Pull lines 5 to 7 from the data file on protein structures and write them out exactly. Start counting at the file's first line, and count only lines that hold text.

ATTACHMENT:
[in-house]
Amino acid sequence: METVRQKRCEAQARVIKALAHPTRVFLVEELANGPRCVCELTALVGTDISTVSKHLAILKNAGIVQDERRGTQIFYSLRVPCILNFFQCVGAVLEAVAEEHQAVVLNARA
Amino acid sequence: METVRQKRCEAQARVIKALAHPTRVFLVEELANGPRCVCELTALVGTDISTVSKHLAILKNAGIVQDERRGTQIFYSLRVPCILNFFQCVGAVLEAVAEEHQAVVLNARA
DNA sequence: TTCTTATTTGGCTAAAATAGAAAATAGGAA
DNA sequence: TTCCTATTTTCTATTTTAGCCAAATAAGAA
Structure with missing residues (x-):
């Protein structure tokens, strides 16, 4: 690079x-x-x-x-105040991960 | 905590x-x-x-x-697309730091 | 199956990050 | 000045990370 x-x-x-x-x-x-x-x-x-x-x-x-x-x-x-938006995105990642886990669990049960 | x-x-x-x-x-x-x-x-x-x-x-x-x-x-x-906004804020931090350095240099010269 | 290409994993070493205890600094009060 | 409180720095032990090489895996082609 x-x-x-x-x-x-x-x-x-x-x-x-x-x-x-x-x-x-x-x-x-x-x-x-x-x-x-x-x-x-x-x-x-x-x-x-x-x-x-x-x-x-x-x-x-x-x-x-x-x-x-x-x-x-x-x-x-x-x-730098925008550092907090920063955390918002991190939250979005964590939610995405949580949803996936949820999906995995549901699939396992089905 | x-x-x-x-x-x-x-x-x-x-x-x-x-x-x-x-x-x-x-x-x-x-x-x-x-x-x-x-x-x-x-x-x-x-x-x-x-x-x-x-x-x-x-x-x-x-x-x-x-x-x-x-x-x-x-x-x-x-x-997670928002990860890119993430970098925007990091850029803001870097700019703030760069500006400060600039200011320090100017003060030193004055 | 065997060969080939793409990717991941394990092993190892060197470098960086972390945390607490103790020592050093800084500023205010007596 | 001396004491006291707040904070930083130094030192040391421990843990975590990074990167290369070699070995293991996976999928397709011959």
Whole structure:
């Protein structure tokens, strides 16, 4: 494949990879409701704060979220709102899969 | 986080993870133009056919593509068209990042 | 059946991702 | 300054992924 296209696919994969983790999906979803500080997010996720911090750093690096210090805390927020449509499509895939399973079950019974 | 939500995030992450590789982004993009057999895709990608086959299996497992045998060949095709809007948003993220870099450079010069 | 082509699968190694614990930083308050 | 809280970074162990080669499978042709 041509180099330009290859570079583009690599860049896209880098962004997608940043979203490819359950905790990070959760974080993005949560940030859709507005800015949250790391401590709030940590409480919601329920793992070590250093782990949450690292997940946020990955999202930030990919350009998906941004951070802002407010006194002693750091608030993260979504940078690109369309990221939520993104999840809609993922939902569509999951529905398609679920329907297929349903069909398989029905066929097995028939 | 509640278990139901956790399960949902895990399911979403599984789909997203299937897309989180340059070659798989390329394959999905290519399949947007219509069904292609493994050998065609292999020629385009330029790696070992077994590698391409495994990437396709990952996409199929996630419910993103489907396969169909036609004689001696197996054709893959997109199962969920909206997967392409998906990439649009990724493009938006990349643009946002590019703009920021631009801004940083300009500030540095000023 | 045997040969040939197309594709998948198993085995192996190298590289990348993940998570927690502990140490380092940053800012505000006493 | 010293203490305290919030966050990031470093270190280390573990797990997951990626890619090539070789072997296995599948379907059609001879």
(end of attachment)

DNA sequence: TTCCTATTTTCTATTTTAGCCAAATAAGAA
Structure with missing residues (x-):
């Protein structure tokens, strides 16, 4: 690079x-x-x-x-105040991960 | 905590x-x-x-x-697309730091 | 199956990050 | 000045990370 x-x-x-x-x-x-x-x-x-x-x-x-x-x-x-938006995105990642886990669990049960 | x-x-x-x-x-x-x-x-x-x-x-x-x-x-x-906004804020931090350095240099010269 | 290409994993070493205890600094009060 | 409180720095032990090489895996082609 x-x-x-x-x-x-x-x-x-x-x-x-x-x-x-x-x-x-x-x-x-x-x-x-x-x-x-x-x-x-x-x-x-x-x-x-x-x-x-x-x-x-x-x-x-x-x-x-x-x-x-x-x-x-x-x-x-x-x-730098925008550092907090920063955390918002991190939250979005964590939610995405949580949803996936949820999906995995549901699939396992089905 | x-x-x-x-x-x-x-x-x-x-x-x-x-x-x-x-x-x-x-x-x-x-x-x-x-x-x-x-x-x-x-x-x-x-x-x-x-x-x-x-x-x-x-x-x-x-x-x-x-x-x-x-x-x-x-x-x-x-x-997670928002990860890119993430970098925007990091850029803001870097700019703030760069500006400060600039200011320090100017003060030193004055 | 065997060969080939793409990717991941394990092993190892060197470098960086972390945390607490103790020592050093800084500023205010007596 | 001396004491006291707040904070930083130094030192040391421990843990975590990074990167290369070699070995293991996976999928397709011959």